If you’ve got a friend who is in distress or in serious crisis - including talking of suicide – consider the acronym COPE: be Caring, Optimistic, Practical – and seek an Expert.
Never ignore or take a suggestion of self-harm lightly. Research shows most people who attempt suicide normally tell someone else they’re thinking about it first. Ask them, and don’t be afraid that talking about the threat will put ideas into the person’s mind. It’s more likely they’ll appreciate being taken seriously.
Most human problems can be solved with time, care and expert help no matter how hopeless they might seem. Don’t give up hope just because your friend has temporarily lost theirs – their problem can be overcome. At the same time, however, don’t let your optimism lead you to dismiss or make light of the person’s concerns.
If a friend says they’re thinking about suicide do not ignore this. Involve other people, including the emergency services if you need to. Be especially vigilant if someone is intoxicated, under the influence of drugs, if they have made a suicide attempt in the past, or if they have a clearly formulated plan. Don’t however, get drawn into making unrealistic promises of long-term support that you’re unlikely to be able to keep.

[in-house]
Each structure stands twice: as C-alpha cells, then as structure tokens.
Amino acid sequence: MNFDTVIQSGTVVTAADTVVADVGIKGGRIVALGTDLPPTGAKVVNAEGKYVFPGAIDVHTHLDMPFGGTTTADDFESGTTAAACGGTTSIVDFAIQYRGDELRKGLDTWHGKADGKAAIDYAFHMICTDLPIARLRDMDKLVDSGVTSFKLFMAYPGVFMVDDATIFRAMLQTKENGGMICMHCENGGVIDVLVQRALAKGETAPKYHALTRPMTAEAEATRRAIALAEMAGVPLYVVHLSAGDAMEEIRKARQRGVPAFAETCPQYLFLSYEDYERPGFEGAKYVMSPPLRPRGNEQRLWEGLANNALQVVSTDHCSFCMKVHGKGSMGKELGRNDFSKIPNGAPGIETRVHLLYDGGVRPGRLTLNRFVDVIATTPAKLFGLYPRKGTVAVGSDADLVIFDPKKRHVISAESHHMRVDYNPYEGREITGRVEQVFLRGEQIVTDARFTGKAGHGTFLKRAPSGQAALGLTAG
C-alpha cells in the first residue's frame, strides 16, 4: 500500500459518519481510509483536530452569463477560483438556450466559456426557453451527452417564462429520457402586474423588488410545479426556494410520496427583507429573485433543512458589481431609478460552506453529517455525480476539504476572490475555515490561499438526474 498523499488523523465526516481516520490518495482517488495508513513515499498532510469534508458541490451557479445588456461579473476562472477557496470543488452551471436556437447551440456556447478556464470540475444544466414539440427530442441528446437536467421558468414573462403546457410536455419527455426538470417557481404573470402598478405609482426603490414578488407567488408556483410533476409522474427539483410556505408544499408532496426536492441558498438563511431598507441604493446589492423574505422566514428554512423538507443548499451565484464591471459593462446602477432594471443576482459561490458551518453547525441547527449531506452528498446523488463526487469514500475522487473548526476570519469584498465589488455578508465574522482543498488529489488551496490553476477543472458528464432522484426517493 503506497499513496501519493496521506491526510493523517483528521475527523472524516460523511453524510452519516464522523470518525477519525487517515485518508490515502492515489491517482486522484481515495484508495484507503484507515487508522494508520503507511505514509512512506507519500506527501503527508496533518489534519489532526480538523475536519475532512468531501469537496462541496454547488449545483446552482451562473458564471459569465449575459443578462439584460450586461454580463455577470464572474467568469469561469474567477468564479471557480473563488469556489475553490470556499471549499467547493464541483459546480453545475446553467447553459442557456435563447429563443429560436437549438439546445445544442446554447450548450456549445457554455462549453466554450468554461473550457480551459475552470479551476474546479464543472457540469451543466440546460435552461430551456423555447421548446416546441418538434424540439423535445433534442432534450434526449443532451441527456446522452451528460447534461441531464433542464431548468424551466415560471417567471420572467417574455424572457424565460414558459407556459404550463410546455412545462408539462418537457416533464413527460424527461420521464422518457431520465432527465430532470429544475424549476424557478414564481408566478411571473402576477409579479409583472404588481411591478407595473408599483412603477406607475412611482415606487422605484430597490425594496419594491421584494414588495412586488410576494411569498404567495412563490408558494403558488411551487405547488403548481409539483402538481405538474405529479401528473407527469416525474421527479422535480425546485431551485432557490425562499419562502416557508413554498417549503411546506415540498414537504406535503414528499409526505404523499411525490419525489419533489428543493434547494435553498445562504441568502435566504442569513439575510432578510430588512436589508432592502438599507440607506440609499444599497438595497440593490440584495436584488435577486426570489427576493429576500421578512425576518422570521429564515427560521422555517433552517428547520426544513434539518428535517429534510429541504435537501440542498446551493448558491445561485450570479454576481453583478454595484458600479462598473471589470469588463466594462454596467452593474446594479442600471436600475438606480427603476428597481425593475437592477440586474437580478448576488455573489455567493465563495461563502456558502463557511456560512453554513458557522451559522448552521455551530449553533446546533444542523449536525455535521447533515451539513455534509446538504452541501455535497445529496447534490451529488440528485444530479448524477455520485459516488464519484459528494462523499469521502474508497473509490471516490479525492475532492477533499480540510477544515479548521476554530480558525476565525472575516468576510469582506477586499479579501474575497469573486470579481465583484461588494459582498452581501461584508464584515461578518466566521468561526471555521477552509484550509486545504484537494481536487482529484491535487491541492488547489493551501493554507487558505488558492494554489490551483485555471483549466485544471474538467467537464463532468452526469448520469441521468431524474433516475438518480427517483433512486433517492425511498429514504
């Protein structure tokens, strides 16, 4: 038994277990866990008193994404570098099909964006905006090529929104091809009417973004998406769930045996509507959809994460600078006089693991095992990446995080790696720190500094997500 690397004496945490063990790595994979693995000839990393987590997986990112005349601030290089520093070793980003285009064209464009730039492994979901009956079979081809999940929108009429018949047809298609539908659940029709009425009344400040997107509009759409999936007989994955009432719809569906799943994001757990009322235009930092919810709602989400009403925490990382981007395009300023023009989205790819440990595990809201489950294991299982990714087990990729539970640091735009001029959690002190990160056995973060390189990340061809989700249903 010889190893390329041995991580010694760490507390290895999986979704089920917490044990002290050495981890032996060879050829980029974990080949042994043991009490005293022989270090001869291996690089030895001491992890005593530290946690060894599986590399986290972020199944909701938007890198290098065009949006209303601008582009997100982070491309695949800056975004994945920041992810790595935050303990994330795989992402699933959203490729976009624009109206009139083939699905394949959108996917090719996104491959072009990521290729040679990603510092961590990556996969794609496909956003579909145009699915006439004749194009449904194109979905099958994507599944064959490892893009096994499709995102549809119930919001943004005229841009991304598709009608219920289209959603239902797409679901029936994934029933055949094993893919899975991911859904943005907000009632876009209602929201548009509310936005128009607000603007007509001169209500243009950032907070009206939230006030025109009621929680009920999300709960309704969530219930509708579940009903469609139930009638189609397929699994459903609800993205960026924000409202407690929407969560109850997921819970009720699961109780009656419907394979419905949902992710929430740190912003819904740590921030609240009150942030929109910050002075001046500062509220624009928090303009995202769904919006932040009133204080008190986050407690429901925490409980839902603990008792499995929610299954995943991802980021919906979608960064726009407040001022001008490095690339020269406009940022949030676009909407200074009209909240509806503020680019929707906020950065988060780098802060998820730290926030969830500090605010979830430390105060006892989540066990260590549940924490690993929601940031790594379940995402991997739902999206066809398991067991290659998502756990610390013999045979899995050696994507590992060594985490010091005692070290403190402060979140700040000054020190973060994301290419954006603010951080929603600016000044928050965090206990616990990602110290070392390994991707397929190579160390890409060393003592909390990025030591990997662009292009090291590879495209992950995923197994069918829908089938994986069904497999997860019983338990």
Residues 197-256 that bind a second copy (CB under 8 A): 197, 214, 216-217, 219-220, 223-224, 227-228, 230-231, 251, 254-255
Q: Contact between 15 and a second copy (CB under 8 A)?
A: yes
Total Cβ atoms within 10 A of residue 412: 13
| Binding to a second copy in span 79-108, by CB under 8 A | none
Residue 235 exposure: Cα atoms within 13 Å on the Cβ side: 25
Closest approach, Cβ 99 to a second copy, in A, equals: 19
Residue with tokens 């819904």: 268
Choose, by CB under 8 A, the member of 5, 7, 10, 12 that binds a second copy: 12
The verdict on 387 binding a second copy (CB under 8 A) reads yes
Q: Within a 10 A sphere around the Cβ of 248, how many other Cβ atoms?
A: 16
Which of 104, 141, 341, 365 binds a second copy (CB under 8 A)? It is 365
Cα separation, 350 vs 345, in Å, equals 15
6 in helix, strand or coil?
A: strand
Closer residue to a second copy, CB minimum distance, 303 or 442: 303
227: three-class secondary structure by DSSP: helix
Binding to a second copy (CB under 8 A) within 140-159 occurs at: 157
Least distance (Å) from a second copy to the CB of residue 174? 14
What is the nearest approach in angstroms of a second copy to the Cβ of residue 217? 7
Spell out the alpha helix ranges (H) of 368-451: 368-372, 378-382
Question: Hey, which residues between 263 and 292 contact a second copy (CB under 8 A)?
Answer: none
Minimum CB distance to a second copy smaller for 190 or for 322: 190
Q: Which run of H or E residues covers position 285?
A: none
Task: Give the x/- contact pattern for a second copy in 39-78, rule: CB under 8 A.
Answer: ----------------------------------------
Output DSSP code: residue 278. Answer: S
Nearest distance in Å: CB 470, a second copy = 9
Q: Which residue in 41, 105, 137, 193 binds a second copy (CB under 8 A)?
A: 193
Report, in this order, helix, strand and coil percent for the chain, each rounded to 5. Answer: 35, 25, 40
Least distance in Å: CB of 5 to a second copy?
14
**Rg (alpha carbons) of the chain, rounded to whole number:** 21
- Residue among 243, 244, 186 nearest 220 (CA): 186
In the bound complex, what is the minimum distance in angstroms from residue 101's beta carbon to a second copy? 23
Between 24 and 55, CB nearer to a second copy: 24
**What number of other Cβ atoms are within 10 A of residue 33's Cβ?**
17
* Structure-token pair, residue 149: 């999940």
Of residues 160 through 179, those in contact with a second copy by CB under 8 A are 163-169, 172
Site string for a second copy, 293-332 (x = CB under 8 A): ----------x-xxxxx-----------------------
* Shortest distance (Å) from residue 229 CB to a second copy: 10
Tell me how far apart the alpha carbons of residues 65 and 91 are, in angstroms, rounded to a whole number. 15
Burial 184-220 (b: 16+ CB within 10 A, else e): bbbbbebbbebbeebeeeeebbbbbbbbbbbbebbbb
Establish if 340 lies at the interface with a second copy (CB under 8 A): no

If the person in distress refuses to get help once the immediate crisis is over, consider contacting someone yourself in order to plan what steps can be taken to get support for yourself and your friend. Try to understand protective factors for your friend.
The local Crisis Mental Health hotline is available 24/7 on 0800 915 4644 and the Woking Safe Haven is open each evening from 6pm - 11pm
For further advice and guidance please contact the Wellbeing department or look at our emergency support information for urgent care.